Queen for 63 years
1837 - 1901
Victoria was born in 1819.
Victoria came to the throne in 1837, just after she turned 18.
1840 was an eventful year for Victoria:
- she married her German cousin, Prince Albert
- got pregnant
- got shot at while out in her carriage - she was unharmed
- gave birth to her first child, a daughter, also called Victoria
1841: Victoria gave birth to a son, Albert Edward
1842: Victoria was shot at again twice, by two different men - again she was unharmed. In total there were 8 attempts on her life while she was queen.
1843: Victoria gave birth to Alice
In the same year, Charles Dickens published A Christmas Carol following on from the success of several other novels
1844: Victoria gave birth to Alfred
Between 1845 and 1849, Ireland suffered a terrible famine, often called the Potato Famine. A million people died, and a million more emigrated, many of them to America.
1846: Victoria gave birth to Helena
1847: the 10-hour Act limited working hours to ten-hours per day
1848: Victoria gave birth to Louise
1850: Victoria gave birth to Arthur
1851: The Great Exhibition was held in Hyde Park from May to October, celebrating industrial design and technology from all over the world. The exhibition included the first public flushing toilets for the use of visitors. These cost a penny to use, which is where we get the phrase 'to spend a penny'.
1853: Victoria gave birth to Leopold
1854: Florence Nightingale travelled out to the Crimea to nurse British soldiers wounded in battle.
In the same year, London Paddington railway station opened, designed by Isambard Kingdom Brunel.
1857: Victoria gave birth to Beatrice. All nine of Victoria's children survived to adulthood, which was very unusual at that time, even in wealthy families.
1859: Charles Darwin published On the Origin of Species outlining his theory of evolution by natural selection.
1861: Prince Albert died, aged just 42.
Victoria went into deep mourning and disappeared from public.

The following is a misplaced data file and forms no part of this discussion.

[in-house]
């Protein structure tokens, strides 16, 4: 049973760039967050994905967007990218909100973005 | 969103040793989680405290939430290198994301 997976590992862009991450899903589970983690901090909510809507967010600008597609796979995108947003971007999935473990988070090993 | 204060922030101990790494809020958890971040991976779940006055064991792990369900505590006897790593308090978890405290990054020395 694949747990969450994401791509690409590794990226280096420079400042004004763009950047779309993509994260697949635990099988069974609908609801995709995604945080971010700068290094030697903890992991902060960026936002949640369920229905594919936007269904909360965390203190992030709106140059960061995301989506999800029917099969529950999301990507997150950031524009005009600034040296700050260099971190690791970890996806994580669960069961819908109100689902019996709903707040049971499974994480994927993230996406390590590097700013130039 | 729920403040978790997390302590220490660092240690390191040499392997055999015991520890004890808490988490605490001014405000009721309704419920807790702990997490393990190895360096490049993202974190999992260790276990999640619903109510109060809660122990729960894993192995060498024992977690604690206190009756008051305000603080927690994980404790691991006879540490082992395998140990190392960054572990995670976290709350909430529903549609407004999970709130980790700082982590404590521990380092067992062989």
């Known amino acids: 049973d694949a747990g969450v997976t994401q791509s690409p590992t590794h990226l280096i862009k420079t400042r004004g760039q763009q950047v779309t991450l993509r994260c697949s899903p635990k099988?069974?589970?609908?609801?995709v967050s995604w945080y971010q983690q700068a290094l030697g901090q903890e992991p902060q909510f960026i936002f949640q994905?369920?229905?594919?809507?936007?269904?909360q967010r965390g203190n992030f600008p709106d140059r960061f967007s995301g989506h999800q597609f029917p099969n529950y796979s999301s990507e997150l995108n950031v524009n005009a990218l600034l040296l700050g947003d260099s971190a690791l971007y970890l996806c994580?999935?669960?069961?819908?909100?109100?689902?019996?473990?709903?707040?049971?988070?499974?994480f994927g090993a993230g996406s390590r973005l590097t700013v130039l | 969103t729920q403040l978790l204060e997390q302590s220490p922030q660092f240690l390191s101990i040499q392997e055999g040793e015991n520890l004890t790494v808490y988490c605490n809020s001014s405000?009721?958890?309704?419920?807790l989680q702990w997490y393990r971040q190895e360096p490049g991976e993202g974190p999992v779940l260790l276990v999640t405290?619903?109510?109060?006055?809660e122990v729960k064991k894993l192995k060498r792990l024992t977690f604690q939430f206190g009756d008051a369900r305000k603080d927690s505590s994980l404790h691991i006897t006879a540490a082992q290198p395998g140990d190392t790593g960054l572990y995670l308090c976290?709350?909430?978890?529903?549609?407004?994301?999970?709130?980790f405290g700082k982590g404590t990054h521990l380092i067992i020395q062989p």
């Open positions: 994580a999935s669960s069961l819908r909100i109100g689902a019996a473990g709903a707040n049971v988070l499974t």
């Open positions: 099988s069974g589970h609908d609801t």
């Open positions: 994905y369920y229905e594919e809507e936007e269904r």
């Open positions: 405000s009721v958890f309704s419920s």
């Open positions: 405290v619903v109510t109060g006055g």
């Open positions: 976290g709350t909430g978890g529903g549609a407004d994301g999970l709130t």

1863: the first underground railway opened between Paddington and Farringdon, using gas-lit carriages pulled by a steam engine.
1865: Lewis Carroll published Alice's Adventures in Wonderland
1866: the Sanitary Act forced authorities to improve sewers, access to clean water, and street cleaning.
1870: the Elementary Education Act was passed, which started to improve the education of children aged between 5 and 12.
1876: Alexander Graham Bell invented the telephone.
1877: Thomas Edison invented the phonograph for recording and replaying sound, before moving on to inventing electric light.
In the 1870s and 1880s bicycles known as penny farthings became popular. These had a very large front wheel and a small rear wheel.
1881: the Natural History Museum opened in London
1888: Victoria's eldest grandson, the son of her daughter, Victoria, became Emperor of Germany. He was Kaiser Wilhelm, leader of Germany during the First World War.
In the same year Jack the Ripper murdered five women in East London.
1895: the author, Oscar Wilde, was arrested and sentenced to two years imprisonment and hard labour for being gay. The hardship he suffered in prison contributed to his death in 1900, aged just 46.
1897: Guglielmo Marconi sent the first wireless communication, from Bristol to South Wales. This was the birth of radio.
Queen Victoria died in 1901, and her son Edward became king. This marked the end of Victorian times, and the beginning of Edwardian England.
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